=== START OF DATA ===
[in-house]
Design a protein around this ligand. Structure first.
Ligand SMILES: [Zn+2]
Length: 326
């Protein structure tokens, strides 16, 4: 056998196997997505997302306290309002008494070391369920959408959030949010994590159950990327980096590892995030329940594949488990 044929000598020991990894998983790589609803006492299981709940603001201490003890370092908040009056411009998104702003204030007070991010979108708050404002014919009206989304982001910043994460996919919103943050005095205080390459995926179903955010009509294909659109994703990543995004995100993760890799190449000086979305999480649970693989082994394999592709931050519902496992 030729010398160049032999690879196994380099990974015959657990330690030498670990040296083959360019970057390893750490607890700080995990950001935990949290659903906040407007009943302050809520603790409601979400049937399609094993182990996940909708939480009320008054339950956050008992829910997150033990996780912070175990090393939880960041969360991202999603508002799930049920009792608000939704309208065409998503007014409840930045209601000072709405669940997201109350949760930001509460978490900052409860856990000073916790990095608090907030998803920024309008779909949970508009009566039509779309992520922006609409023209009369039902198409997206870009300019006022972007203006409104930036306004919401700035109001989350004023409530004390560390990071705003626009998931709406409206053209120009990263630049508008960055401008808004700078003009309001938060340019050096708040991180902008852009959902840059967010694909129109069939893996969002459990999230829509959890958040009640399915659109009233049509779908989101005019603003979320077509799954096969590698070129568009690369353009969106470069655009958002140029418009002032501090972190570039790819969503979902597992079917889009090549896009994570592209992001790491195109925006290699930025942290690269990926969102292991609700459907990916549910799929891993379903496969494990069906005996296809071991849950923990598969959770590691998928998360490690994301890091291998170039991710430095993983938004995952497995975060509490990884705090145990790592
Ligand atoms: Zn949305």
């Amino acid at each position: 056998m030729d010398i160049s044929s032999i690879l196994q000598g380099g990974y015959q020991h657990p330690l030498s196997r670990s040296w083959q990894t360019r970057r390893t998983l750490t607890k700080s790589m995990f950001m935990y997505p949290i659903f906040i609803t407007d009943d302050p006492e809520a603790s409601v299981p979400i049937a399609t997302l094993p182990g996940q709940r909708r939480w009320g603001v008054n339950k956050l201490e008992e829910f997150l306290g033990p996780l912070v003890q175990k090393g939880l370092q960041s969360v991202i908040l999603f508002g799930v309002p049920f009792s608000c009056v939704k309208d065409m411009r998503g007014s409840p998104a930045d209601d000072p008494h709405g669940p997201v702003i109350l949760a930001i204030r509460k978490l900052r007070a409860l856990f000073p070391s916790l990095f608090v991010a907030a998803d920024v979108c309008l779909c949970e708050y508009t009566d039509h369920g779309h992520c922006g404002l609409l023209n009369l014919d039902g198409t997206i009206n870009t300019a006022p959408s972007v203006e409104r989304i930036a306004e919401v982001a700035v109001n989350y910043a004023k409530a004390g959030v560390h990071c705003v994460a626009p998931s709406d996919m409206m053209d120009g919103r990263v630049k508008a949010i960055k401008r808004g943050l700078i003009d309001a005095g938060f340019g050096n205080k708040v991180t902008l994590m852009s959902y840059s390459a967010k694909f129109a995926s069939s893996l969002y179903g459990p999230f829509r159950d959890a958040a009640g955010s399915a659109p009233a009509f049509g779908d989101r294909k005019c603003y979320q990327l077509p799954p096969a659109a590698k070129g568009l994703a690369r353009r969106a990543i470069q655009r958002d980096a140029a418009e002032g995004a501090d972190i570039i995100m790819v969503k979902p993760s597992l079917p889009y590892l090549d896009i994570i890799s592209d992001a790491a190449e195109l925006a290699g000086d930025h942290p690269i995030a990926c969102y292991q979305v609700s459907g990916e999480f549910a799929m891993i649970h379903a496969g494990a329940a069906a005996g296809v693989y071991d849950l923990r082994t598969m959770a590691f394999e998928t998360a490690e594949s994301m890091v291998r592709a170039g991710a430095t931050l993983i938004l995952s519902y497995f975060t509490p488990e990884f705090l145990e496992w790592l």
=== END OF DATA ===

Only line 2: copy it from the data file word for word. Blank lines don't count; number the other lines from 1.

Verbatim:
Design a protein around this ligand. Structure first.